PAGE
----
A Marriage in a Pear Tree: A Beautiful Holiday Style Shoot

Just in time for the holidays, this dreamy shoot is sure to inspire you! The folks at Wu La La Weddings & Events arranged for a fresh and elegant look for this holiday creative inspired by Pantone’s 2018 fall/winter colour, red pear.

From the PlannerFor this holiday shoot, we wanted to inspire couples with a modern and chic way of incorporating the holidays into their winter wedding without making it too “Christmassy” and keeping a sense of timelessness while still feeling fresh and refined. 

The stylish decor features deep reds complimented by lots of greenery as well as soft pinks, ivory, and hints of gold. The snow white walls in the Conversation Room at The Great Hall serve as the perfect backdrop to make these festive colours pop! The talented team at Pep Studios capture all of the joyous details.



The ceremony was setup with beautiful crystal clear Tiffany chairs courtesy of Detailz Couture Event RentalsFlower Treasures designed delicate wreaths adorned with roses, dahlias and carnations to hang on the crisp white walls.


Photo by: Pep Studios (www.pepstudios.co)





Eve of St. George isn’t perfect, but it’s still an absorbing night of immersive theatre

Julia Cratchley’s choreography acts as a storytelling device in Eve of St. George at the Great Hall, writes Carly Maga.
Julia Cratchley’s choreography acts as a storytelling device in Eve of St. George at the Great Hall, writes Carly Maga.

Directed and choreographed and by Julia Cratchley. Music by Owen Belton. Text by Jeff Kuperman and Julia Cratchley. Until Jan. 27 at The Great Hall, 1087 Queen St. W.TranscenDanceProject.com.

TranscenDance Project, founded by Toronto-born Julia Cratchley, has brought its Canadian ode to New York City’s Sleep No More to the Great Hall, Eve of St. George. Whereas the American production takes its inspiration from Shakespeare’s Macbeth and the films of Alfred Hitchcock, Cratchley’s title refers to the holiday that unleashes evil upon the world in Bram Stoker’s 1897 novel Dracula.

Across the four floors of the Great Hall complex, audience members in black masks can follow characters like vampire hunter Van Helsing (Ryan Lee), lawyer Jonathan Harker (Matthew Kazmierczak), Mina Murray, the object of Jonathan’s affection (Kelly Shaw), mental patient Renfield (Alvin Collantes), the vampire himself, Count Dracula (Jack Rennie), and more as the famous story unfolds in various locations simultaneously.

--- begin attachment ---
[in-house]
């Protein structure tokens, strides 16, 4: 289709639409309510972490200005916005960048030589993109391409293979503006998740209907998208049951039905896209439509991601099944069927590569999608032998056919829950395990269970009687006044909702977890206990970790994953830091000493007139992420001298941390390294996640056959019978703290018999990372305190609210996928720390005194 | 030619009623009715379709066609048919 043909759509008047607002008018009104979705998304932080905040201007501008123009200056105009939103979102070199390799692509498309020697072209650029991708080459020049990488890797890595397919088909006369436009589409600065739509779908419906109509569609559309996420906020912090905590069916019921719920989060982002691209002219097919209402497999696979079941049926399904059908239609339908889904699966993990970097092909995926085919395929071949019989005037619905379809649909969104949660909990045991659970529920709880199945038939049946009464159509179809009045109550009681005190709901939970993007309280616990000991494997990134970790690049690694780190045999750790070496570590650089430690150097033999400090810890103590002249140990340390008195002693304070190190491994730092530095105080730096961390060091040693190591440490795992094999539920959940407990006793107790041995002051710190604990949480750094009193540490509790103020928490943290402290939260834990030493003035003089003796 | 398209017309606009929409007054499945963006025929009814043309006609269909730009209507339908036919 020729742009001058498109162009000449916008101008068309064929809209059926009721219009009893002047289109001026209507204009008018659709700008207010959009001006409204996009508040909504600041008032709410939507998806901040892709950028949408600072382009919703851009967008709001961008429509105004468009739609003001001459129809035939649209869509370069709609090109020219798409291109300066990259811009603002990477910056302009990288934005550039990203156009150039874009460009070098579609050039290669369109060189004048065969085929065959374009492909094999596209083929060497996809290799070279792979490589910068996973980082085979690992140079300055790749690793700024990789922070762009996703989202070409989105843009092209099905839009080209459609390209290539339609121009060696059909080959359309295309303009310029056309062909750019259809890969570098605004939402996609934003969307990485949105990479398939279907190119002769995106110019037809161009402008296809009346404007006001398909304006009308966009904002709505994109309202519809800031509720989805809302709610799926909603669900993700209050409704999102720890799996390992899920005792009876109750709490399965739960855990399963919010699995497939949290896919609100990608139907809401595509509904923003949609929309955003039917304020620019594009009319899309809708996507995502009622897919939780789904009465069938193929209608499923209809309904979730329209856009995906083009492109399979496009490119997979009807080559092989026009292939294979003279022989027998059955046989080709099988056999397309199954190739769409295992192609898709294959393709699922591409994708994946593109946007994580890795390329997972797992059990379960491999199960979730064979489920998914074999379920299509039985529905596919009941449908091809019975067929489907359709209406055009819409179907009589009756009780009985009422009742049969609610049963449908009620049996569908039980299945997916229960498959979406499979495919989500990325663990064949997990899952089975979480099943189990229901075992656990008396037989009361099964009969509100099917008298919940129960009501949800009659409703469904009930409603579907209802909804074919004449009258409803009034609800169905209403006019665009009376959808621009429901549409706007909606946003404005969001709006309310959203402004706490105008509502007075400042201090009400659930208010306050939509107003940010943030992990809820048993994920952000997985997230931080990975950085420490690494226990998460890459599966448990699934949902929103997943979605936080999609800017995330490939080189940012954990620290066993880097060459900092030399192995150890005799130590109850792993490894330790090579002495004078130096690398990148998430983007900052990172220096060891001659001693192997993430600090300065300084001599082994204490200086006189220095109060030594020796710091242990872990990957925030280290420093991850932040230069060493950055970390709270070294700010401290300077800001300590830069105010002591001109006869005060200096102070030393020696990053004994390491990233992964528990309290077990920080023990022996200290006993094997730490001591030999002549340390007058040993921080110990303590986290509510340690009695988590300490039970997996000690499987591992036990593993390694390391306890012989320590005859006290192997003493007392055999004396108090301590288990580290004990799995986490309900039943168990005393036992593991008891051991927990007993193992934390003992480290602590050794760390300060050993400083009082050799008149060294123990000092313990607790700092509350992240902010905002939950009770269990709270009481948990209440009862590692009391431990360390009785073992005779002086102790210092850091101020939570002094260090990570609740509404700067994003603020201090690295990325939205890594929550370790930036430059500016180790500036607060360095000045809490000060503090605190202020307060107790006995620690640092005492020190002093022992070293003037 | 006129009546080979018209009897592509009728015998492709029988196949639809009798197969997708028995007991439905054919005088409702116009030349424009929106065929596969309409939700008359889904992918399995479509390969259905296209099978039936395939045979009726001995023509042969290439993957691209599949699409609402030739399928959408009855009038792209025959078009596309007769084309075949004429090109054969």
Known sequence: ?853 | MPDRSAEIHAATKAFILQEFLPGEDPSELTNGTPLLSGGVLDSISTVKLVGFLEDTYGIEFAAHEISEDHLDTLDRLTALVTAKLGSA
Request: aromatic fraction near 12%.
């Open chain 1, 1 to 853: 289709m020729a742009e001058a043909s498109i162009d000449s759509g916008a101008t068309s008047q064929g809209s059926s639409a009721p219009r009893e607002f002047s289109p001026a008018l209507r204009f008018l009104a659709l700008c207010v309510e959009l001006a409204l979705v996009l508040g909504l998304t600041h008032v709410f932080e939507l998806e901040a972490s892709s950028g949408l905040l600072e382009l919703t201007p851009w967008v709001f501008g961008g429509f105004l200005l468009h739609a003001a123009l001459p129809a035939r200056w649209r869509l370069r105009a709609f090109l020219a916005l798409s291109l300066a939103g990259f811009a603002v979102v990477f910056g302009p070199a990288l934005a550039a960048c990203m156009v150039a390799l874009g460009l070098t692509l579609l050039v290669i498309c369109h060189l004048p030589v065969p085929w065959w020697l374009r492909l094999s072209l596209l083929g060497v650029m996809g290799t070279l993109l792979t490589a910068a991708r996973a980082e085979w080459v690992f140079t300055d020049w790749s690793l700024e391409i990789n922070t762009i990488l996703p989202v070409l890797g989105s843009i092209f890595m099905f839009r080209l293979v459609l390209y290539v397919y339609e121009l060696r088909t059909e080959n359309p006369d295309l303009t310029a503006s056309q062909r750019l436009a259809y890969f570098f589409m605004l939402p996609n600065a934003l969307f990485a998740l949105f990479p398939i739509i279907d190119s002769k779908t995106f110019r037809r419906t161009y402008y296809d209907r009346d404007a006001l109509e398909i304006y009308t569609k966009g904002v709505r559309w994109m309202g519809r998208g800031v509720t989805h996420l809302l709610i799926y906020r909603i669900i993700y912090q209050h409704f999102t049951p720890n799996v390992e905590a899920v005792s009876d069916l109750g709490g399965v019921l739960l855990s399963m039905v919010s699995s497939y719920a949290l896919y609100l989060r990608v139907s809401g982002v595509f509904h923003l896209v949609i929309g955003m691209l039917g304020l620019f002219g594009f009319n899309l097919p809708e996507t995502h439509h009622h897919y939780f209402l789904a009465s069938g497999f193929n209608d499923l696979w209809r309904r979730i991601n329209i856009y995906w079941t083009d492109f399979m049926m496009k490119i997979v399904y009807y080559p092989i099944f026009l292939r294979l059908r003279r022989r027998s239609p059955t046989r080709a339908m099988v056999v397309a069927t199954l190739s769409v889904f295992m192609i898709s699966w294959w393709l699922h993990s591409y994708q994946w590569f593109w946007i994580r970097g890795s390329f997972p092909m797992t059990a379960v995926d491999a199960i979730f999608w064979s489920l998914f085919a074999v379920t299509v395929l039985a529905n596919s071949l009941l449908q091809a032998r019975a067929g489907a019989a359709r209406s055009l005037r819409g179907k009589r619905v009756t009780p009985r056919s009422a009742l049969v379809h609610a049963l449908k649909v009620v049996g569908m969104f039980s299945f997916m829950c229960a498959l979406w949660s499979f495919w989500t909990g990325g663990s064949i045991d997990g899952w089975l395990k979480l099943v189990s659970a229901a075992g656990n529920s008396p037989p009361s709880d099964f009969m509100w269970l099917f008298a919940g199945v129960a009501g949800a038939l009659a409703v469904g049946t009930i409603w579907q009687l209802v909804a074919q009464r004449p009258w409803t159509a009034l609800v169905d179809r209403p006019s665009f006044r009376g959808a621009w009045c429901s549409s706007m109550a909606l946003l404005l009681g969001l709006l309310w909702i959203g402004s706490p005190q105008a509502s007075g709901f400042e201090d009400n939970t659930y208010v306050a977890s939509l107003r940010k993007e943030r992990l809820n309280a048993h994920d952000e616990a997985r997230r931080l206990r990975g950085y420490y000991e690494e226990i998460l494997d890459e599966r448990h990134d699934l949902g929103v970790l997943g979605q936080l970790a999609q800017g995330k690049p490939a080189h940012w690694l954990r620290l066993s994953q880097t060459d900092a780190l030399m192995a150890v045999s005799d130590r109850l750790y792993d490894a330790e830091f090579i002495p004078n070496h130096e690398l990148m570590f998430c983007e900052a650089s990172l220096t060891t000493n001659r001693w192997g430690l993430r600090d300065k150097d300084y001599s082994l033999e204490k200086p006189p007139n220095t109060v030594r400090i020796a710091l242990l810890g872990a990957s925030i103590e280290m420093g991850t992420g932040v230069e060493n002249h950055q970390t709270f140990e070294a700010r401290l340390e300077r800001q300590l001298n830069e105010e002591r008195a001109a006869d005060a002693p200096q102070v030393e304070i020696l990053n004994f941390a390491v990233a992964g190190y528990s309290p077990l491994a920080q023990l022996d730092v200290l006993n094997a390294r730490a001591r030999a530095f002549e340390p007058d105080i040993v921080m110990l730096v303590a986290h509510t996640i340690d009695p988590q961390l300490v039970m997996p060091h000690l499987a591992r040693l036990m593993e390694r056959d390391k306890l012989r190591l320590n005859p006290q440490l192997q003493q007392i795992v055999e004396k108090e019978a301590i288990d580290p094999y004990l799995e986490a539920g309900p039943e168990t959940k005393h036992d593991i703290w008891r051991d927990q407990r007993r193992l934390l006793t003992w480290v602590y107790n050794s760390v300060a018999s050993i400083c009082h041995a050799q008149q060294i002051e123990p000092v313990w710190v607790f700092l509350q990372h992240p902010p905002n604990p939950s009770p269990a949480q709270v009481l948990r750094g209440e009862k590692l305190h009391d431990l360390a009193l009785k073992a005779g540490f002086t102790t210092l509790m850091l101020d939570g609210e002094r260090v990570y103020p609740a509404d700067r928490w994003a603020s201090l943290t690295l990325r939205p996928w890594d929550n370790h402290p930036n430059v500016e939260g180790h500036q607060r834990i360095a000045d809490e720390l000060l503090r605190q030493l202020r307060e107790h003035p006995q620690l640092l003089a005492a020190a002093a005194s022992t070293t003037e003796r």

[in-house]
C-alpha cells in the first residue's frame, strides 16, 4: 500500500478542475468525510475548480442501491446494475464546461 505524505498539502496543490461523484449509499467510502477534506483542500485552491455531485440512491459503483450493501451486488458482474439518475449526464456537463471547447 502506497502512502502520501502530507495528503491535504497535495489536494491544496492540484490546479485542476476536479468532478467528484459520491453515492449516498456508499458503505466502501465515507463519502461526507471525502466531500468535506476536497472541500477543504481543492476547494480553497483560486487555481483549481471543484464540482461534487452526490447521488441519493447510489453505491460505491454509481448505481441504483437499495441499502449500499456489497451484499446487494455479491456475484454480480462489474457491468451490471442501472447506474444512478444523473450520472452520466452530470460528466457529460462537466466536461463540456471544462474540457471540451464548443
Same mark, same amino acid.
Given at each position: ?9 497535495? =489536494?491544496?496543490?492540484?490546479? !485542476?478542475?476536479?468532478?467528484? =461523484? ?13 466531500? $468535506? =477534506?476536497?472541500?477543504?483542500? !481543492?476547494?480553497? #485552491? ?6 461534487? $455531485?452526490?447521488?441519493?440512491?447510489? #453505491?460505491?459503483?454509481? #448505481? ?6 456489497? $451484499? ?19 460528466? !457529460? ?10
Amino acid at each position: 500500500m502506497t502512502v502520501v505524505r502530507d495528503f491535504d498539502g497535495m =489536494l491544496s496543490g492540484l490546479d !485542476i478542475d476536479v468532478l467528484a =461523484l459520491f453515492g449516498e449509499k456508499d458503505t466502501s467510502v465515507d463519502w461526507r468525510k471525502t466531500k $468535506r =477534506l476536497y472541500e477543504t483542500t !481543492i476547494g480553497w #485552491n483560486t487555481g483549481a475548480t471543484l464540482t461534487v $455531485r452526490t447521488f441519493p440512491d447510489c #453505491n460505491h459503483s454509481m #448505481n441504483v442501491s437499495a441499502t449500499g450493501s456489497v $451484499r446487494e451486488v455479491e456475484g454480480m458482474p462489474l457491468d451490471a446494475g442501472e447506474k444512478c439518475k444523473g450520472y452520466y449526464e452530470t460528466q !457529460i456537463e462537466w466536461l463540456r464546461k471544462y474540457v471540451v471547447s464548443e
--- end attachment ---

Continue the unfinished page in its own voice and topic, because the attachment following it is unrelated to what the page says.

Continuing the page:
Comparisons are inevitable and though Eve of St. George perhaps isn’t groundbreaking in its style it’s still a solidly impressive evening.

The Great Hall is an effective venue for such a production, though it would certainly pose an issue for anyone with mobility impairment. Its stateliness is fitting for a rendezvous with a rich, powerful and mysterious count, with ample room for audiences and ensemble cast dances without feeling cramped.

In its third run at the Great Hall, Cratchley’s staging has found its groove: the performers are comfortable moving from space to space and I was never left without something to watch unless I was purposefully looking for some solo time to snoop through Jennifer Goodman’s sets.

Cratchley’s choreography acts as a storytelling device, going for action and mood over inventiveness. It’s slow and intimate and broody — until Snell’s fight choreography kicks in — enhanced by Owen Belton’s music, which draws naturally from the human heartbeat.

As is typical with the immersive style, group scenes are countered with one-on-one monologues and moments, which is where Eve of St. George shows an area for improvement: the written text by Jeff Kuperman and Cratchley doesn’t show the same level of care and attention as the staging does.

At 90 minutes, it’s possible to get a good grasp of the story of Dracula, with the obvious impossibility of seeing everything. Still, Eve Of St. George doesn’t beg for a repeated viewing — it feels satisfying on its own (which I guess is both a compliment and a criticism).

Video interview with Julia Cratchley


The hunt for a perfect event space—whether you’re planning a wedding or a buzzy conference—can be overwhelming to say the least. It takes a lot of Goldie Locks-ing before you find one that is just right. Enter The Great Hall, a historic Victorian heritage building located in the heart of downtown Toronto, providing a picturesque backdrop for any event, whether it’s an intimate soirée or a 1200-person celebration.
The stunning (and Insta-worthy) space played host to The Kit Connect Conference 2018, and we’ve been abuzz about The Great Hall ever since. The Great Hall’s most notable guests include luminaries Justin Trudeau, George Clooney and Commander Chris Hadfield, just to name few. Here’s everything you need to know about your next event space.


The flagship venue dubbed the Main Hall features a horse-shoe shaped balcony, 30-foot ceilings, Waterford crystal chandeliers and a wall of gilded scrollwork framing the legendary stage make this space. Plus, the area has a built-in back bar making it ideal for large celebrations.


On the same floor as the Main Hall, the Conversation Room overlooks Queen Street West, complete with crisp white walls, crown mouldings, and chevron hardwood floors (a.k.a. the epitome of Victorian-chic). Perfect for a mid-size soirée.


The light-filled Drawing Room is as adaptable as it is intimate, with a gourmet kitchen, 19th century windows and a cozy marble fireplace. The perfect setting for an intimate gathering over delicious food and drinks.


Finally, Longboat Hall one of the city’s truly unique spaces. The space comes complete with a 360-degree balcony which (*fun fact*) once acted as an indoor running track when the building was used as a YMCA gymnasium, and is fittingly named after renowned distance runner and national hero, Tom Longboat, who trained here in the early 20th century. Sandstone brick, cast iron pillars, and the polished concrete floor combine to lend this singular venue an air of Industrial Age charm. Now THAT is how to host a festivity with an impact!